With regard to the above regulations and the increasing importance of introducing technologies for people with disabilities, the most recognizable providers in Australia – Telstra, Optus, and Vodafone Hutchison Australia – can serve as potential producers of Smartphone for mute and deaf people (Australian Government 2011). Hence, these providers ensure high accessibility and telecommunication coverage all over the country including rural regions and many other regional highways and areas. Average percentage of media coverage in Australia is about 95%, which is a sufficient reason for introducing the presented products. In addition, this marketing segment will be profitable because people with disabilities constitute a tangible amount of consumers.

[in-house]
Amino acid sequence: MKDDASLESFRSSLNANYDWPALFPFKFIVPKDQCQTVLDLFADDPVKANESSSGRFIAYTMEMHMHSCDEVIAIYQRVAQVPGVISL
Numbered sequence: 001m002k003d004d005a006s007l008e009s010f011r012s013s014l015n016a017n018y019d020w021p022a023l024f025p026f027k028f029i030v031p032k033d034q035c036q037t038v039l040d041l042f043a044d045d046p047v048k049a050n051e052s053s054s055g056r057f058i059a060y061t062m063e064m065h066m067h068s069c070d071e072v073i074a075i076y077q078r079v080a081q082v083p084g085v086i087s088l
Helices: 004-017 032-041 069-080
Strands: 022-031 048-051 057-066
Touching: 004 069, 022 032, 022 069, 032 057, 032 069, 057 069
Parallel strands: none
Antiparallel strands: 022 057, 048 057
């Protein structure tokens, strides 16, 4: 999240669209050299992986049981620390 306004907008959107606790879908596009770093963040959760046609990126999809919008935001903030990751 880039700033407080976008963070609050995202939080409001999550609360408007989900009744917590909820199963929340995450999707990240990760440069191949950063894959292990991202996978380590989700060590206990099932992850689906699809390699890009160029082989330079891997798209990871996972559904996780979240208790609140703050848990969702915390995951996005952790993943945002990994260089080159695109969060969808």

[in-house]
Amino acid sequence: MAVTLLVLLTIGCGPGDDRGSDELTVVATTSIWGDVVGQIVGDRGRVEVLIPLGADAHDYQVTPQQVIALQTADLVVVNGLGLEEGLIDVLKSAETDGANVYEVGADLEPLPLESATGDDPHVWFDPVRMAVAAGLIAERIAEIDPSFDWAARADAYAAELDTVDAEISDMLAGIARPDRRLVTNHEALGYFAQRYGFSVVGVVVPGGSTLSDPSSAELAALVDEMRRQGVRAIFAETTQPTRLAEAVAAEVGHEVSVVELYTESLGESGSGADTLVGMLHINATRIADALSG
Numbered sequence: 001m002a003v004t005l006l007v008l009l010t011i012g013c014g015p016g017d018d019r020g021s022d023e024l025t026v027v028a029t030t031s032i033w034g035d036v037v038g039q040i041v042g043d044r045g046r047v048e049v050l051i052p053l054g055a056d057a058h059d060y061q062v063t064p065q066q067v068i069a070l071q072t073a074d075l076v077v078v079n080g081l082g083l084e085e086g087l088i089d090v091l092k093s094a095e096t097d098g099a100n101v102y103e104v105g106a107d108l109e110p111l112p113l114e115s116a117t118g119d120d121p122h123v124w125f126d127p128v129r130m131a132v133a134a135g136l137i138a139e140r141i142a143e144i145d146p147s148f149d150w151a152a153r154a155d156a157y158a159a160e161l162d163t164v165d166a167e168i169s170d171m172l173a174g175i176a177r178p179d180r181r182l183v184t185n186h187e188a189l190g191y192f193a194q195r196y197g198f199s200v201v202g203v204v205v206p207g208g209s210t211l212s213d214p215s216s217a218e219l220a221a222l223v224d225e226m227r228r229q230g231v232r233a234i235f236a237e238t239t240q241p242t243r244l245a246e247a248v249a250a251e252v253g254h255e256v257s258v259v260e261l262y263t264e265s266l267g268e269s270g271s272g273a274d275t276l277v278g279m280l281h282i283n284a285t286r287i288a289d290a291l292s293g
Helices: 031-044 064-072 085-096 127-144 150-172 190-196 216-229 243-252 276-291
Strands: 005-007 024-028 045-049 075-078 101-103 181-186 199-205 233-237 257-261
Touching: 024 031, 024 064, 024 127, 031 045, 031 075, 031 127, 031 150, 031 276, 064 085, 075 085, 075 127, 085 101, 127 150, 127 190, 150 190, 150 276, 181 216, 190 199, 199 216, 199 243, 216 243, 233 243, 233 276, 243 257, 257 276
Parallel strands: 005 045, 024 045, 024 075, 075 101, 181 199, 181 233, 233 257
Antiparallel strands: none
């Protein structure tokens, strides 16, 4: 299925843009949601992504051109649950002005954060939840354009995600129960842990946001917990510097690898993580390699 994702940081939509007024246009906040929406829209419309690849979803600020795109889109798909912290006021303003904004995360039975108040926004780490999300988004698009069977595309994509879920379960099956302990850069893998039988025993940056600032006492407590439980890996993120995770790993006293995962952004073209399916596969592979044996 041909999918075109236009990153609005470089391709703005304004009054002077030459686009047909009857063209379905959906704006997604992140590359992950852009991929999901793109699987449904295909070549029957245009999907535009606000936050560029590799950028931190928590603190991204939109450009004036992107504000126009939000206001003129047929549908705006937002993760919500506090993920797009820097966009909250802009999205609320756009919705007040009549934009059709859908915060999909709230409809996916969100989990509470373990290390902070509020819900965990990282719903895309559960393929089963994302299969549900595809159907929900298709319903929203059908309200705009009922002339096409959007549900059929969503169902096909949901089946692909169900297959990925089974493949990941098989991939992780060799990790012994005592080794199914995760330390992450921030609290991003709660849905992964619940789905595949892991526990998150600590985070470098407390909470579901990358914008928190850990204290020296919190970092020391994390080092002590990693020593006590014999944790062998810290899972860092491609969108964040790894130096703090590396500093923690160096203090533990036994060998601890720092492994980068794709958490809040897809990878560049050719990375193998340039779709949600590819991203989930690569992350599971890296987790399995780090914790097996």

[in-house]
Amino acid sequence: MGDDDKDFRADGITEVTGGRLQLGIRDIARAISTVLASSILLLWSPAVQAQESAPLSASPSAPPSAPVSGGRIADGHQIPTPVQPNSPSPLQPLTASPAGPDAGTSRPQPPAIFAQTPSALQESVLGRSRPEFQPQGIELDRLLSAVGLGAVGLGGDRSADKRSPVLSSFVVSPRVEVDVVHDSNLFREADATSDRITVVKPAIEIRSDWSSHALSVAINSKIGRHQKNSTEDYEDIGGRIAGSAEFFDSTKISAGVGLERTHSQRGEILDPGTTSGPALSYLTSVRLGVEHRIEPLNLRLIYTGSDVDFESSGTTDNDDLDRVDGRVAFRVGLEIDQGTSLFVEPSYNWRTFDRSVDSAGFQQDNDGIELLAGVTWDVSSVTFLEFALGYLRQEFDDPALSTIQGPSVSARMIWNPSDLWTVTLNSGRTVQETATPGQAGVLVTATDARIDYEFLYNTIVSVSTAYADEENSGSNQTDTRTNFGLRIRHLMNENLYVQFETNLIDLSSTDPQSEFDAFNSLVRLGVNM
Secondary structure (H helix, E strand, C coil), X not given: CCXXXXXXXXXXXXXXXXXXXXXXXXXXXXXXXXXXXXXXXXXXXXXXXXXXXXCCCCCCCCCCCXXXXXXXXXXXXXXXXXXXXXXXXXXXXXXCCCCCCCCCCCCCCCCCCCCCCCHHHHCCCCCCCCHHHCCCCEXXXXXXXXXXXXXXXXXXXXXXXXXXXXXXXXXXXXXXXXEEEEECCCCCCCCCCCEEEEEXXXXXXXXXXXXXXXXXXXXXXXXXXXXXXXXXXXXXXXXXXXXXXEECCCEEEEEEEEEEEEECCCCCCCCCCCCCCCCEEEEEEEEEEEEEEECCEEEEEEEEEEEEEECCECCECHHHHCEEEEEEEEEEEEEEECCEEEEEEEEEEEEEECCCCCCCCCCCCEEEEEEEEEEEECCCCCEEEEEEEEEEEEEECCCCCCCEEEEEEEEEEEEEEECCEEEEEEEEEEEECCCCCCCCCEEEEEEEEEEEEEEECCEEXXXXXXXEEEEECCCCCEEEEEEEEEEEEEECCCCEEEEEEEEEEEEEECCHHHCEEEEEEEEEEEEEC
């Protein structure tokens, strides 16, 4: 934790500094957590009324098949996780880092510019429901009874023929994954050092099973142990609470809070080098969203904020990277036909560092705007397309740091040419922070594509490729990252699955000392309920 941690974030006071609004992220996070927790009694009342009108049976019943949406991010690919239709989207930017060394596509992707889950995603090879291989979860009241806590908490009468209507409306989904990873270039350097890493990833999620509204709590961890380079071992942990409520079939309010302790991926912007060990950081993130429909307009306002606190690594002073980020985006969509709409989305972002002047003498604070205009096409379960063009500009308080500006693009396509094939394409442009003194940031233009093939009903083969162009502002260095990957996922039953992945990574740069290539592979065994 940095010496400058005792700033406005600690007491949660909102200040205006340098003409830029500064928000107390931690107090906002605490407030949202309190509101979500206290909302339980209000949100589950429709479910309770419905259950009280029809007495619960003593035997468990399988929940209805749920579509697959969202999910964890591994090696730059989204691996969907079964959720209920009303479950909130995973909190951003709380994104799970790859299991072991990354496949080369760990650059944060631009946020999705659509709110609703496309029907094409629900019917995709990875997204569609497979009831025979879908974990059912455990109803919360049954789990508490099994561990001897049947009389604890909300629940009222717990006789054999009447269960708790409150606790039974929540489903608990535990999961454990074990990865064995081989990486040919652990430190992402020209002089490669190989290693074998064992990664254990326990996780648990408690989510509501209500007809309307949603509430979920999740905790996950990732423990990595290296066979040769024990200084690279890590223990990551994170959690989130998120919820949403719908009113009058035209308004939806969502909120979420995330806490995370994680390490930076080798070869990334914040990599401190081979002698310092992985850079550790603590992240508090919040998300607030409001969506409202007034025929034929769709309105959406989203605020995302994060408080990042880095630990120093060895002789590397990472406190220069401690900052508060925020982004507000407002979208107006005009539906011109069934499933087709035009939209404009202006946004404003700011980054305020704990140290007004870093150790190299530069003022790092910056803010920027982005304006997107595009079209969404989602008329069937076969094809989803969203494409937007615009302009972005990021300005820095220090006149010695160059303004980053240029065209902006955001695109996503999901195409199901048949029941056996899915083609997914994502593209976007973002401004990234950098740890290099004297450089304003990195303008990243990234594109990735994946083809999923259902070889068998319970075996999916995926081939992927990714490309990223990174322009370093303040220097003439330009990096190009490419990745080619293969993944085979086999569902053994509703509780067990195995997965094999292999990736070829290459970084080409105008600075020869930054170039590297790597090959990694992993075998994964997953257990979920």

Smartphones have become an integral part of people’s lives all over the world. People with special needs can obtain an opportunity to communicate to others via a smartphone that would be aimed at helping them to do this easily. The presented marketing segment will be of increasing importance all over the world because the rules and regulations focus on creating equal conditions for people with disabilities and ensure normal life and working conditions. In this respect, smartphone for deaf and mute people contribute to creating new job and career possibilities which were impossible yet.